Most buyers understandably want the lowest rate possible when they lock in their rate.
This is particularly the case when they believe rates are at an all-time low and when buyers believe they will keep their loan for 30 years.
But, as I remind readers often, very few people keep their mortgages for more than a few years b/c rates either drop again or b/c life events (tuition, marriage, divorce, job loss, babies, health issues, relocation, etc.) require a new mortgage.
B/c so few borrowers keep their mortgages for more than 4 to 7 years (the range of “averages” from various surveys), we think buyers should consider asking for closing cost credits more often – particularly in certain rate environments.
CLOSING COST CREDITS ALWAYS COME WITH HIGHER RATES
As I reminded readers on Monday, lender credits for closing costs always come with higher interest rates; lenders have to charge higher rates in order to earn additional yield premium, to cover the credit, when they sell the loans.
WHEN TO REQUEST A CLOSING COST CREDIT
- Cash Is Tight. If cash is especially tight b/c buyers could barely scrape up their down payment, we almost always recommend closing cost credits.
- More Bang For Buck In Certain Interest Rate Environments. Currently, a buyer can get a credit equal to almost 1% of her loan amount if she increases her rate by only 1/4%. This is phenomenal b/c it often takes a rate bump of as much as 1/2% to generate enough extra yield premium to cover a 1% credit. Hence, NOW is a great time to request a closing cost credit.
- Short Time Horizon. Often when a buyer has a short time horizon for her loan, b/c she intends to relocate again, refinance or pay her loan down significantly, a closing cost credit is a great way to simply save money.
EXAMPLE: $500,000 Loan; Effect on Payment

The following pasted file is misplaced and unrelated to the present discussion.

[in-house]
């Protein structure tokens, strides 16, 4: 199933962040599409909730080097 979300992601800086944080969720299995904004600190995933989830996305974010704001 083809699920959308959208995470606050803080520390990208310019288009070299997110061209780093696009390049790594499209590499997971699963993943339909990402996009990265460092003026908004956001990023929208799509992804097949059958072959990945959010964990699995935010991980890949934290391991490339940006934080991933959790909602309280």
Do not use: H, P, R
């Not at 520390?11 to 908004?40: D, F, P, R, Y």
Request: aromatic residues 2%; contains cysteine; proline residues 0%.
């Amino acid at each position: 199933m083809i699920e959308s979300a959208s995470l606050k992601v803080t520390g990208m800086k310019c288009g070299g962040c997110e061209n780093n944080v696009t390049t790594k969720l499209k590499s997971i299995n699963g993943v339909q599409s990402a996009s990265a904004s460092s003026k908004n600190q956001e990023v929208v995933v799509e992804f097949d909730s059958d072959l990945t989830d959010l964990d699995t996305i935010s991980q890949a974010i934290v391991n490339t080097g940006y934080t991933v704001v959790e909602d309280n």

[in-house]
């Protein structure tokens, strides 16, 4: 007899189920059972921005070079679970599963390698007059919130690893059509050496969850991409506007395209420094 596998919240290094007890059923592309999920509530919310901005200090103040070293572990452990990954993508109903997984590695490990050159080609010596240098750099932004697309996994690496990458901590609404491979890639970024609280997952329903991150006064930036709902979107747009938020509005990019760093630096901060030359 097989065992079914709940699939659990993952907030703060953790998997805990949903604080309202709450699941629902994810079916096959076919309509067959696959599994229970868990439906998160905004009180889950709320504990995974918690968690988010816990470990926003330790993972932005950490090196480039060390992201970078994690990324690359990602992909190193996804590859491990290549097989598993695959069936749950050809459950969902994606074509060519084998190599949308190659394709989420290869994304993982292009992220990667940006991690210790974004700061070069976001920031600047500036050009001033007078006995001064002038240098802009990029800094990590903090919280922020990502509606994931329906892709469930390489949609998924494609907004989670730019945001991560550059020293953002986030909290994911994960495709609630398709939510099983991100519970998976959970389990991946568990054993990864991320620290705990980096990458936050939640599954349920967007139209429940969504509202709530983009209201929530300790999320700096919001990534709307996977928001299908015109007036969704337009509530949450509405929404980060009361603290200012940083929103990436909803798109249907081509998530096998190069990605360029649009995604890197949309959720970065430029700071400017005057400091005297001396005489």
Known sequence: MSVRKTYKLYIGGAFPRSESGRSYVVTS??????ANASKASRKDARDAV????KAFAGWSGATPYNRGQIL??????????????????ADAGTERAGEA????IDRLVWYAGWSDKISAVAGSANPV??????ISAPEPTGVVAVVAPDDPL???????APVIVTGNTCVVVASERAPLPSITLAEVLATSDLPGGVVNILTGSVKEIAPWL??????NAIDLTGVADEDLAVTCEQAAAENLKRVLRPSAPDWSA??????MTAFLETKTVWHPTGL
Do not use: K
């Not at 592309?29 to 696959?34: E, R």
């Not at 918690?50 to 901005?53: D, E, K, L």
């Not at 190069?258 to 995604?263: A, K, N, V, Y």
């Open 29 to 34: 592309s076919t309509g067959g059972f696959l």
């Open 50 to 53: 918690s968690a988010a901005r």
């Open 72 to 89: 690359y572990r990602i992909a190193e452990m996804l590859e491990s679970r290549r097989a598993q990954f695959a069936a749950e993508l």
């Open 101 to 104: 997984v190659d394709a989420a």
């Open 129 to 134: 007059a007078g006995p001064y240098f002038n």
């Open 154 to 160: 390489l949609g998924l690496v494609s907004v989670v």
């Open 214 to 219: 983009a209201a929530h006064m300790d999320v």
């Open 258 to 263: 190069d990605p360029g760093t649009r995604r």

My rate quote for today’s blog has a “no points” rate of 2.625%. $500,000 at 2.625% yields a P&I payment of $1,607.
But, if that borrower took a slightly higher rate today at 2.875%, she could get a lender credit for closing costs of almost $5,000.
At 2.875%, her payment would increase to $1,660, or $53 more than where her payment would be with a 2.625% rate.
But, it will take years of the higher payment before it exceeds the benefit she gets from the closing costs credit (it will take 95 months for the higher payment to exceed $5,000).
WHEN NOT TO REQUEST A LENDER CREDIT
- If the conditions above do not hold true, e.g. time horizon is long, cash reserves are ample and/or there is too little bang for the buck, meaning the rate increase in exchange for the credit is too large.
- If time horizon is TOO SHORT – No “Early Pay Offs” (EPOs) Please 😊. If a buyer intends to refinance or pay off her loan within six months of her purchase, the lender will have to pay a massive EPO penalty that will include all commissions, fees and closing cost credits.
Lender Horror Story: A few years ago, we had a buyer request an $18,000 credit for costs. We of course made sure that he had no intention of refinancing after close, and he gave us all assurances but we were played. Immediately after he closed, he informed us that a big bank contacted him to cajole him into refinancing. We were concerned, to say the least, b/c our total “early pay off penalty” would have exceeded $30,000, dwarfing the meager amount of money we made on that particular jumbo loan. We ended up having to pay our borrower a substantial sum simply to not refinance until the 180 day EPO period had run (at which time he was still able to get an even lower rate than the big bank offered initially).
Founder/Broker | JVM Lending
(855) 855-4491 | DRE# 1197176, NMLS# 310167